‘Tom’s field of dreams’

By Maggie Fazeli Fard

Community Life, Aug. 26, 2010

More than 100 people gathered on Sulak Lane last Thursday afternoon, chowing down on burgers and corn on the cob, singing along to familiar tunes by the Who and the Byrds, and vying for shade beneath the trees until the last warm specks of sunlight disappeared behind nearby roofs. It seemed like a scene out of a movie, a stereotypical late-summer hurrah as friends, old and new, shook hands, doled out hugs, told stories and wiped away tears shed as much out of laughter as sadness.

Tom Lehmann, the man whom all had gathered to remember and celebrate as the creator of Woodland Gardens, a unique housing complex for disabled people, definitely would have approved.

“In the immortal words of Tom,” said Jack Kreismer, Lehmann’s longtime friend, as he took the microphone: “While you’re up, can you get me a beer?”

Lehmann, a Montvale native, died in June at the age of 57 of complications from amyotrophic lateral sclerosis (ALS), better known as Lou Gehrig’s disease, after nearly four decades of wheelchair confinement. When Lehmann was 18, a dive into shallow water at Point Pleasant Beach broke his neck. Classified as a quadriplegic, Lehmann suddenly couldn’t walk, couldn’t bathe, couldn’t get dressed and couldn’t feed himself.

But Lehmann wasn’t concerned with what he couldn’t do.

“It’s when you always feel sorry for yourself that you lose,” Lehmann wrote to his brother, Jim, during his stay in rehab after breaking his neck in 1971. “I can’t be a member of the ‘poor-me club.’”

Rather, with help and encouragement from his family and friends, Lehmann focused on what he could do.

Lehmann loved drinking beer, recalled Kreismer, holding up a mug that Lehmann had used since his spring training days as a track star at Pascack Hills High School, and he loved playing cards; feet and powered wheelchairs inched forward as audience members tried to get a closer look at Tom’s worn but still sturdy wooden cardholder, crafted by his father. Lehmann loved summer barbecues – he left his prized grill to Kreismer – and he loved to sing.

“Tom was a quadriplegic for 39 years – but he still loved a good time,” said Kreismer.

But what Lehmann wanted to do most of all was to find a way to gain some semblance of independence in spite of his disability. To this end, Lehmann learned to drive, got a degree from Ramapo College and found a job counseling Bergen Community College students who were disabled like him.

Then, in 1979, Lehmann had an idea: Why couldn’t disabled adults live on their own? At a time when there were no housing facilities for disabled adults in Bergen County, Lehmann spent the next six years campaigning for one right in Park Ridge.

“Tom didn’t realize the obstacles he would face,” said his brother, Jim. “Zoning variances, approvals from every level of government – state, county, local. He was told the site was in a flood zone, which it wasn’t.”

But Lehmann’s famed sense of humor never wavered, be it in the face of adversity or the ridiculous.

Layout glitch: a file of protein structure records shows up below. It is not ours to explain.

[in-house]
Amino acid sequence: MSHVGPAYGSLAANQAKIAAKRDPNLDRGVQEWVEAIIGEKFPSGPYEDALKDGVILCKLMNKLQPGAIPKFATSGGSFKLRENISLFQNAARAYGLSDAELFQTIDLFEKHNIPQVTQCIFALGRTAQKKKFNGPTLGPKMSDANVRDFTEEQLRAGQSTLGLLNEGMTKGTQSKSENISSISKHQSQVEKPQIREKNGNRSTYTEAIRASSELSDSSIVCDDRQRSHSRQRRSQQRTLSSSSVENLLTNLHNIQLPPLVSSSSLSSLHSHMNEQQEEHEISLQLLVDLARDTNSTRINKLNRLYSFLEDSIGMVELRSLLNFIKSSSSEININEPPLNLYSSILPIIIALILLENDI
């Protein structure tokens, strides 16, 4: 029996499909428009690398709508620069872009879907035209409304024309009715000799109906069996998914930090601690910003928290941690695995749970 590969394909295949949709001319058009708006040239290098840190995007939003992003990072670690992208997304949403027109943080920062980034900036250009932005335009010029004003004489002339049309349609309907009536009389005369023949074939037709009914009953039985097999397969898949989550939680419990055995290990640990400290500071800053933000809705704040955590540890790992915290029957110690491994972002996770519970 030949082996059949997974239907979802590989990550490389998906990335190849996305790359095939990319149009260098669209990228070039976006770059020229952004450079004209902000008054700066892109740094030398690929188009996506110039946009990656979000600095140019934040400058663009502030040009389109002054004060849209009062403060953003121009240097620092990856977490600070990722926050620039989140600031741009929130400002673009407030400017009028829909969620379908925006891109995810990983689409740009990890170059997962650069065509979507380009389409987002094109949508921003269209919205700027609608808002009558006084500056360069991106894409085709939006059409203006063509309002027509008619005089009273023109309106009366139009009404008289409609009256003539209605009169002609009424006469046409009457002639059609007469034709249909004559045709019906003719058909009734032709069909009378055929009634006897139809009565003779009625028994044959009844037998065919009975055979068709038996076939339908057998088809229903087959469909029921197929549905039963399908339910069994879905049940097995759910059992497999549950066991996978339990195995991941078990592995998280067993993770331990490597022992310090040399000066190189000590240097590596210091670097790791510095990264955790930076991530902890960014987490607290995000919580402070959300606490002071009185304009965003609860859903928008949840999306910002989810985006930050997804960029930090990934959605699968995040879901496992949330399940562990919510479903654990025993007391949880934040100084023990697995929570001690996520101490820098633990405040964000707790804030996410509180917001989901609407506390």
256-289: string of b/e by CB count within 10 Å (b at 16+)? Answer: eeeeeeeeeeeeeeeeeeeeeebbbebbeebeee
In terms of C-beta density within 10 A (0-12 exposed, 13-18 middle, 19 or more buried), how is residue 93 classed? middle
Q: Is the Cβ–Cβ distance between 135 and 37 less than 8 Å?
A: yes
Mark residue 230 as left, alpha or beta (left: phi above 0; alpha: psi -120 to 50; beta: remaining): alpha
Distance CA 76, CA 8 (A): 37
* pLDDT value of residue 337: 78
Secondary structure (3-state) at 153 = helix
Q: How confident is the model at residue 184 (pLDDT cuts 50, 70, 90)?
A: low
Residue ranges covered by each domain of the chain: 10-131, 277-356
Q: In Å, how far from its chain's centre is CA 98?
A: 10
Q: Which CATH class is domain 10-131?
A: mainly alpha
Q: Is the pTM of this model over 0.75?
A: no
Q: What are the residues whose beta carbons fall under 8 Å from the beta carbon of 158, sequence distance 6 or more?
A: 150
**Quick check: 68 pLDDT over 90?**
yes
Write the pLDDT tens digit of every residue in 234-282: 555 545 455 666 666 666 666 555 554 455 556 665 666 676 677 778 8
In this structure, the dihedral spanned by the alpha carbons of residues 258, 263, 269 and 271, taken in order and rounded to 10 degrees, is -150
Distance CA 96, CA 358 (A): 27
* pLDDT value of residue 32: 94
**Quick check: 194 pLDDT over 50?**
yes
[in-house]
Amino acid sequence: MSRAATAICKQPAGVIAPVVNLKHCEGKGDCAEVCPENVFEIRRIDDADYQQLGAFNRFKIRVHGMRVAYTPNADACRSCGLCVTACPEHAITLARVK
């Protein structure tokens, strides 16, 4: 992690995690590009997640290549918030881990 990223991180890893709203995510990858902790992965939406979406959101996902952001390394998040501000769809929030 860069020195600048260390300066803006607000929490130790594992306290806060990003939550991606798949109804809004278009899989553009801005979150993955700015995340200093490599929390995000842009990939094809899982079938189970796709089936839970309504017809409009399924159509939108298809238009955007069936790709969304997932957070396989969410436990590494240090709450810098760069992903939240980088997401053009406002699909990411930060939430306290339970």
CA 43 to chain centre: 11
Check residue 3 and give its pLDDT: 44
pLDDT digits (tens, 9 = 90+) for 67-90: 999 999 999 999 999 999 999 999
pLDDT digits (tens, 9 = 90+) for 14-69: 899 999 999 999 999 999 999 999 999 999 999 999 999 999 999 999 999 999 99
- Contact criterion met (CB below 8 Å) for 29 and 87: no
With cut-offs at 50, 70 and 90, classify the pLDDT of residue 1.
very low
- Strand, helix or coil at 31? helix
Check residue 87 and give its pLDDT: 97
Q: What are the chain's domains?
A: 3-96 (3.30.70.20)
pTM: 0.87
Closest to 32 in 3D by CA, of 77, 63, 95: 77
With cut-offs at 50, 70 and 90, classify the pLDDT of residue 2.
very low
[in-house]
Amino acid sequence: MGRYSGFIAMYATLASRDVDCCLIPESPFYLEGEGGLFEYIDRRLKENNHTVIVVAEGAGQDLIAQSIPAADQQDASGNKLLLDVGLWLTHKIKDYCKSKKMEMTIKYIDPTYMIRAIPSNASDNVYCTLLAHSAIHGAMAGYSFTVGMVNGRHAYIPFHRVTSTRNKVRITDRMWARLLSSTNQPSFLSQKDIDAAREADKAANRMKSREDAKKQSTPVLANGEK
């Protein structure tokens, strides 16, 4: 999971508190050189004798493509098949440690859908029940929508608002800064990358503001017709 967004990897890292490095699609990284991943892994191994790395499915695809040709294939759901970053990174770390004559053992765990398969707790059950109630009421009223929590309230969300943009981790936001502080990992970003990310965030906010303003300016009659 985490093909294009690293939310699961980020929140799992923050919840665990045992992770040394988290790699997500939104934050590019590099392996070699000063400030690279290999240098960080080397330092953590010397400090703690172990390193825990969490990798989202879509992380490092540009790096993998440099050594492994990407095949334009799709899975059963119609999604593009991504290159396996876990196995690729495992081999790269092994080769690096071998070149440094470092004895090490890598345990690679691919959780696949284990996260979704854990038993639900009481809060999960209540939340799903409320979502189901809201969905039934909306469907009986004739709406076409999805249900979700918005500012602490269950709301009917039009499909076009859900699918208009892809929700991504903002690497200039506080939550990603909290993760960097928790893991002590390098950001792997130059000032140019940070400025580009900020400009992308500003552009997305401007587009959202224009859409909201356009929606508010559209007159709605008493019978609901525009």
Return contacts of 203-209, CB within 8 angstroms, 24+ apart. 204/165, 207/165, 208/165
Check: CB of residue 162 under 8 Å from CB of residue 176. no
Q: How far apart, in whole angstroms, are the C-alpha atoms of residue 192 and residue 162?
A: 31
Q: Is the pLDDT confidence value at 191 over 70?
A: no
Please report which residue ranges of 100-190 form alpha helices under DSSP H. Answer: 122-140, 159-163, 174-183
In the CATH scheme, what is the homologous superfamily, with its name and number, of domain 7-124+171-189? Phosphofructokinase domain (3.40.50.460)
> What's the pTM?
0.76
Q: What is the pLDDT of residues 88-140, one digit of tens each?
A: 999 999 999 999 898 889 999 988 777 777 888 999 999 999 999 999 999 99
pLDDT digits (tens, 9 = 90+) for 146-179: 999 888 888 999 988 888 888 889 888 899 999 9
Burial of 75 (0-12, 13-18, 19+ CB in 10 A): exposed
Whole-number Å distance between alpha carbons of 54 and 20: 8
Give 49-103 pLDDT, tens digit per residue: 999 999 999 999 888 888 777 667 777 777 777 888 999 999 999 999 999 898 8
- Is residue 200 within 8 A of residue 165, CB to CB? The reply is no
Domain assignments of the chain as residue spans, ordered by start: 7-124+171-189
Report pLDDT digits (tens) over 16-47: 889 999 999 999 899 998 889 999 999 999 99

“Someone said to him, ‘But it’s next to a graveyard,’” said Jim, referring to the Sulak Lane site’s proximity to the Pascack Reformed Church’s 200-year-old cemetery. “Tom said, ‘That’s all right. That means it’ll be quiet.’”

In 1986, 15 years after Lehmann’s fateful accident, the 36-unit apartment complex named Woodland Gardens opened on Sulak Lane. Assembleywoman Charlotte Vanderwalk attended the facility’s ribbon-cutting.

“I was so impressed and so sure that we’d have many facilities built like this by now. I was wrong,” said Vandervalk. “It didn’t happen. But it should. And if anyone wants to do it right, they should see how it’s been done right here.”

After hearing about Lehmann’s death two months ago, Park Ridge Councilman Steve Hopper made it his mission to honor Lehmann’s name and memory for more than an afternoon – what County Executive Dennis McNerney called “an exceptional day for an exceptional person.” Hopper worked with local and county government officials to make sure Lehmann would not be forgotten by re-dedicating the facility.

The complex’s new moniker came as no surprise, but was nonetheless kept under wraps – the new sign literally covered with a sheet – for the course of Thursday’s event. The unveiling finally revealed a large blue and gold sign, and the facility’s new name: Lehman Gardens.

“This is a much nicer sign than the sign they had before – I guess Mr. Woodland didn’t do anything,” joked Tom’s brother, Jim.

As the band played The Byrds’s “There is a Season,” one of Lehmann’s favorites, the lyrics seemed to ring especially true:

A time to be born, a time to die,

A time to plant, a time to reap,

A time to kill, a time to heal,

A time to laugh, a time to weep,

To everything – turn, turn, turn,

There is a season – turn, turn, turn,

And a time for every purpose under heaven.

“Look around – this is Tom’s ‘field of dreams’,” Jim told the crowd. “Thank you for understanding the magnitude of what he accomplished. Tom never would have asked for this day. But he sure would have treasured it.”

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